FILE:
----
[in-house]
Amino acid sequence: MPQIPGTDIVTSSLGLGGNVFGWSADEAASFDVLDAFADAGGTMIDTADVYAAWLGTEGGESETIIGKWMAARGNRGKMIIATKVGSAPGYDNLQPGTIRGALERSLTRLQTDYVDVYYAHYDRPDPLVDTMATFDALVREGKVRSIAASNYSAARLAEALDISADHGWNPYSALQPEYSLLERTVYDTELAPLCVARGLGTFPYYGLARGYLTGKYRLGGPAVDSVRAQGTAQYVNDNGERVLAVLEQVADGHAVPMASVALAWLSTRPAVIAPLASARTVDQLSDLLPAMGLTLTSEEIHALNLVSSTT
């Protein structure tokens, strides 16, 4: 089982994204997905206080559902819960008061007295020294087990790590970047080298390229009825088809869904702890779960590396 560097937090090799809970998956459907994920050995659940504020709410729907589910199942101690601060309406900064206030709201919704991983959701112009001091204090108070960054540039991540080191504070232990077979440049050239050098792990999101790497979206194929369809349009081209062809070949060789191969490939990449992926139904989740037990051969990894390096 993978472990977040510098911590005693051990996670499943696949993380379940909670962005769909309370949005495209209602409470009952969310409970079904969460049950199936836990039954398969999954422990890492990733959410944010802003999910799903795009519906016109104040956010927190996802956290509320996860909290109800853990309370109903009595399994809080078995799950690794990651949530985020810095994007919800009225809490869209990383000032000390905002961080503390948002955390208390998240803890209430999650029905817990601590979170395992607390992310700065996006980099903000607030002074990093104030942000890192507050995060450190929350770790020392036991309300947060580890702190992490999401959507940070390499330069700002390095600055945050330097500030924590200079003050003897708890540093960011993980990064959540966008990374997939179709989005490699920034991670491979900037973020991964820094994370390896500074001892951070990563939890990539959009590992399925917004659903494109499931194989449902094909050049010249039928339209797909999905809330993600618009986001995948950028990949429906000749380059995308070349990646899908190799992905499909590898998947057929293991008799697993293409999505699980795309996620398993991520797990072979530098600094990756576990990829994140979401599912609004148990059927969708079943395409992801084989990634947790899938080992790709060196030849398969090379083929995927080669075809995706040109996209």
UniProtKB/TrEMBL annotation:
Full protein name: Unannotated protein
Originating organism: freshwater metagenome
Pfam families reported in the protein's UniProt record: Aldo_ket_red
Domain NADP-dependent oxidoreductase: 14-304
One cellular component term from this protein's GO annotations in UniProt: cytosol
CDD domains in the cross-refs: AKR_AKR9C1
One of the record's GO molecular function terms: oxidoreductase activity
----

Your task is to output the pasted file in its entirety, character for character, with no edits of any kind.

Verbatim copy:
[in-house]
Amino acid sequence: MPQIPGTDIVTSSLGLGGNVFGWSADEAASFDVLDAFADAGGTMIDTADVYAAWLGTEGGESETIIGKWMAARGNRGKMIIATKVGSAPGYDNLQPGTIRGALERSLTRLQTDYVDVYYAHYDRPDPLVDTMATFDALVREGKVRSIAASNYSAARLAEALDISADHGWNPYSALQPEYSLLERTVYDTELAPLCVARGLGTFPYYGLARGYLTGKYRLGGPAVDSVRAQGTAQYVNDNGERVLAVLEQVADGHAVPMASVALAWLSTRPAVIAPLASARTVDQLSDLLPAMGLTLTSEEIHALNLVSSTT
């Protein structure tokens, strides 16, 4: 089982994204997905206080559902819960008061007295020294087990790590970047080298390229009825088809869904702890779960590396 560097937090090799809970998956459907994920050995659940504020709410729907589910199942101690601060309406900064206030709201919704991983959701112009001091204090108070960054540039991540080191504070232990077979440049050239050098792990999101790497979206194929369809349009081209062809070949060789191969490939990449992926139904989740037990051969990894390096 993978472990977040510098911590005693051990996670499943696949993380379940909670962005769909309370949005495209209602409470009952969310409970079904969460049950199936836990039954398969999954422990890492990733959410944010802003999910799903795009519906016109104040956010927190996802956290509320996860909290109800853990309370109903009595399994809080078995799950690794990651949530985020810095994007919800009225809490869209990383000032000390905002961080503390948002955390208390998240803890209430999650029905817990601590979170395992607390992310700065996006980099903000607030002074990093104030942000890192507050995060450190929350770790020392036991309300947060580890702190992490999401959507940070390499330069700002390095600055945050330097500030924590200079003050003897708890540093960011993980990064959540966008990374997939179709989005490699920034991670491979900037973020991964820094994370390896500074001892951070990563939890990539959009590992399925917004659903494109499931194989449902094909050049010249039928339209797909999905809330993600618009986001995948950028990949429906000749380059995308070349990646899908190799992905499909590898998947057929293991008799697993293409999505699980795309996620398993991520797990072979530098600094990756576990990829994140979401599912609004148990059927969708079943395409992801084989990634947790899938080992790709060196030849398969090379083929995927080669075809995706040109996209």
UniProtKB/TrEMBL annotation:
Full protein name: Unannotated protein
Originating organism: freshwater metagenome
Pfam families reported in the protein's UniProt record: Aldo_ket_red
Domain NADP-dependent oxidoreductase: 14-304
One cellular component term from this protein's GO annotations in UniProt: cytosol
CDD domains in the cross-refs: AKR_AKR9C1
One of the record's GO molecular function terms: oxidoreductase activity